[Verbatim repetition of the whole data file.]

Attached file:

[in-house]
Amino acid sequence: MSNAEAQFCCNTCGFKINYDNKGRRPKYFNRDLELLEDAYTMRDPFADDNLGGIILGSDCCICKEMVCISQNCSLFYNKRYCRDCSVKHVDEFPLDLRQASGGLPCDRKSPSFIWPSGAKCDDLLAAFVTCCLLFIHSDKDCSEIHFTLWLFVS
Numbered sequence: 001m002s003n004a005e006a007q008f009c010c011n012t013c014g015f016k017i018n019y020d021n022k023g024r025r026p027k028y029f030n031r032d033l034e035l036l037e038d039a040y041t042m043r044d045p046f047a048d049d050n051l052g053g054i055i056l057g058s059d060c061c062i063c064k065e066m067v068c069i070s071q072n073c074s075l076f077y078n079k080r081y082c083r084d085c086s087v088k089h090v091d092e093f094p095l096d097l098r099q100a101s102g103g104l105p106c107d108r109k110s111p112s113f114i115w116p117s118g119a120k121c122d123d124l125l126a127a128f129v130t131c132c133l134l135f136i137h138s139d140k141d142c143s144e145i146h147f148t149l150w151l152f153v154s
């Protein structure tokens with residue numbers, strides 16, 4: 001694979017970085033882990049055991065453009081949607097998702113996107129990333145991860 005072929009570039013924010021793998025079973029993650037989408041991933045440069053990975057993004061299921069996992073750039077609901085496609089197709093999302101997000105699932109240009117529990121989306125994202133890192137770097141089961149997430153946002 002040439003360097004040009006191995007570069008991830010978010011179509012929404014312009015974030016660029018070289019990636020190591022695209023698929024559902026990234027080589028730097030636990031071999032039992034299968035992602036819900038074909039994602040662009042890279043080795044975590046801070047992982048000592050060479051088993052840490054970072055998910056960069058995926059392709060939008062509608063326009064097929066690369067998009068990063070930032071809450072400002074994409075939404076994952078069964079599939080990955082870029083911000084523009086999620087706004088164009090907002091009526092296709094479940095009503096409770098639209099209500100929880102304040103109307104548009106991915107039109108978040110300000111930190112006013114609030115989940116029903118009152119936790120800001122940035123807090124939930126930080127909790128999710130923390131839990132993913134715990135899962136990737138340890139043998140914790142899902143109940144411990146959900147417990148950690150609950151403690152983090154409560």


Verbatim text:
[in-house]
Amino acid sequence: MSNAEAQFCCNTCGFKINYDNKGRRPKYFNRDLELLEDAYTMRDPFADDNLGGIILGSDCCICKEMVCISQNCSLFYNKRYCRDCSVKHVDEFPLDLRQASGGLPCDRKSPSFIWPSGAKCDDLLAAFVTCCLLFIHSDKDCSEIHFTLWLFVS
Numbered sequence: 001m002s003n004a005e006a007q008f009c010c011n012t013c014g015f016k017i018n019y020d021n022k023g024r025r026p027k028y029f030n031r032d033l034e035l036l037e038d039a040y041t042m043r044d045p046f047a048d049d050n051l052g053g054i055i056l057g058s059d060c061c062i063c064k065e066m067v068c069i070s071q072n073c074s075l076f077y078n079k080r081y082c083r084d085c086s087v088k089h090v091d092e093f094p095l096d097l098r099q100a101s102g103g104l105p106c107d108r109k110s111p112s113f114i115w116p117s118g119a120k121c122d123d124l125l126a127a128f129v130t131c132c133l134l135f136i137h138s139d140k141d142c143s144e145i146h147f148t149l150w151l152f153v154s
């Protein structure tokens with residue numbers, strides 16, 4: 001694979017970085033882990049055991065453009081949607097998702113996107129990333145991860 005072929009570039013924010021793998025079973029993650037989408041991933045440069053990975057993004061299921069996992073750039077609901085496609089197709093999302101997000105699932109240009117529990121989306125994202133890192137770097141089961149997430153946002 002040439003360097004040009006191995007570069008991830010978010011179509012929404014312009015974030016660029018070289019990636020190591022695209023698929024559902026990234027080589028730097030636990031071999032039992034299968035992602036819900038074909039994602040662009042890279043080795044975590046801070047992982048000592050060479051088993052840490054970072055998910056960069058995926059392709060939008062509608063326009064097929066690369067998009068990063070930032071809450072400002074994409075939404076994952078069964079599939080990955082870029083911000084523009086999620087706004088164009090907002091009526092296709094479940095009503096409770098639209099209500100929880102304040103109307104548009106991915107039109108978040110300000111930190112006013114609030115989940116029903118009152119936790120800001122940035123807090124939930126930080127909790128999710130923390131839990132993913134715990135899962136990737138340890139043998140914790142899902143109940144411990146959900147417990148950690150609950151403690152983090154409560």